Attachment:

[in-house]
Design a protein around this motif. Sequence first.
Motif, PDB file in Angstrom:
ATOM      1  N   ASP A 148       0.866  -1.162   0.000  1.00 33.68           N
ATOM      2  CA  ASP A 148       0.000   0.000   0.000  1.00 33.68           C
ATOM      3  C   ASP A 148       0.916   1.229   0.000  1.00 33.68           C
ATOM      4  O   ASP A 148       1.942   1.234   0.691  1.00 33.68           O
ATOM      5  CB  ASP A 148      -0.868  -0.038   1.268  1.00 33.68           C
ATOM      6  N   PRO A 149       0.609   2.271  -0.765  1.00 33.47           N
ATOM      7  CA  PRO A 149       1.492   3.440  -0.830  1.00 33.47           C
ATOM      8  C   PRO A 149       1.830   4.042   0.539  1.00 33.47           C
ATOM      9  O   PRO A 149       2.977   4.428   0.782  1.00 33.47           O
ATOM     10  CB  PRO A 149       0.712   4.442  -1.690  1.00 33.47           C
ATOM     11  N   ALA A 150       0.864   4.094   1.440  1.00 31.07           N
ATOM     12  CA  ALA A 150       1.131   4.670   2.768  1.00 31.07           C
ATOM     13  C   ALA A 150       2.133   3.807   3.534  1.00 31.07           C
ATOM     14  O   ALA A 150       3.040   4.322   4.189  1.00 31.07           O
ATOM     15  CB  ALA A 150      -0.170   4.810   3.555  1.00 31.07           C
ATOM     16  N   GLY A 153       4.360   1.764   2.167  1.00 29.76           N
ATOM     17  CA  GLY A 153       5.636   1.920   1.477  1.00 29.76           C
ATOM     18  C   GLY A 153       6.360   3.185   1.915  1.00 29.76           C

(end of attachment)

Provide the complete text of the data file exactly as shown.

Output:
[in-house]
Design a protein around this motif. Sequence first.
Motif, PDB file in Angstrom:
ATOM      1  N   ASP A 148       0.866  -1.162   0.000  1.00 33.68           N
ATOM      2  CA  ASP A 148       0.000   0.000   0.000  1.00 33.68           C
ATOM      3  C   ASP A 148       0.916   1.229   0.000  1.00 33.68           C
ATOM      4  O   ASP A 148       1.942   1.234   0.691  1.00 33.68           O
ATOM      5  CB  ASP A 148      -0.868  -0.038   1.268  1.00 33.68           C
ATOM      6  N   PRO A 149       0.609   2.271  -0.765  1.00 33.47           N
ATOM      7  CA  PRO A 149       1.492   3.440  -0.830  1.00 33.47           C
ATOM      8  C   PRO A 149       1.830   4.042   0.539  1.00 33.47           C
ATOM      9  O   PRO A 149       2.977   4.428   0.782  1.00 33.47           O
ATOM     10  CB  PRO A 149       0.712   4.442  -1.690  1.00 33.47           C
ATOM     11  N   ALA A 150       0.864   4.094   1.440  1.00 31.07           N
ATOM     12  CA  ALA A 150       1.131   4.670   2.768  1.00 31.07           C
ATOM     13  C   ALA A 150       2.133   3.807   3.534  1.00 31.07           C
ATOM     14  O   ALA A 150       3.040   4.322   4.189  1.00 31.07           O
ATOM     15  CB  ALA A 150      -0.170   4.810   3.555  1.00 31.07           C
ATOM     16  N   GLY A 153       4.360   1.764   2.167  1.00 29.76           N
ATOM     17  CA  GLY A 153       5.636   1.920   1.477  1.00 29.76           C
ATOM     18  C   GLY A 153       6.360   3.185   1.915  1.00 29.76           C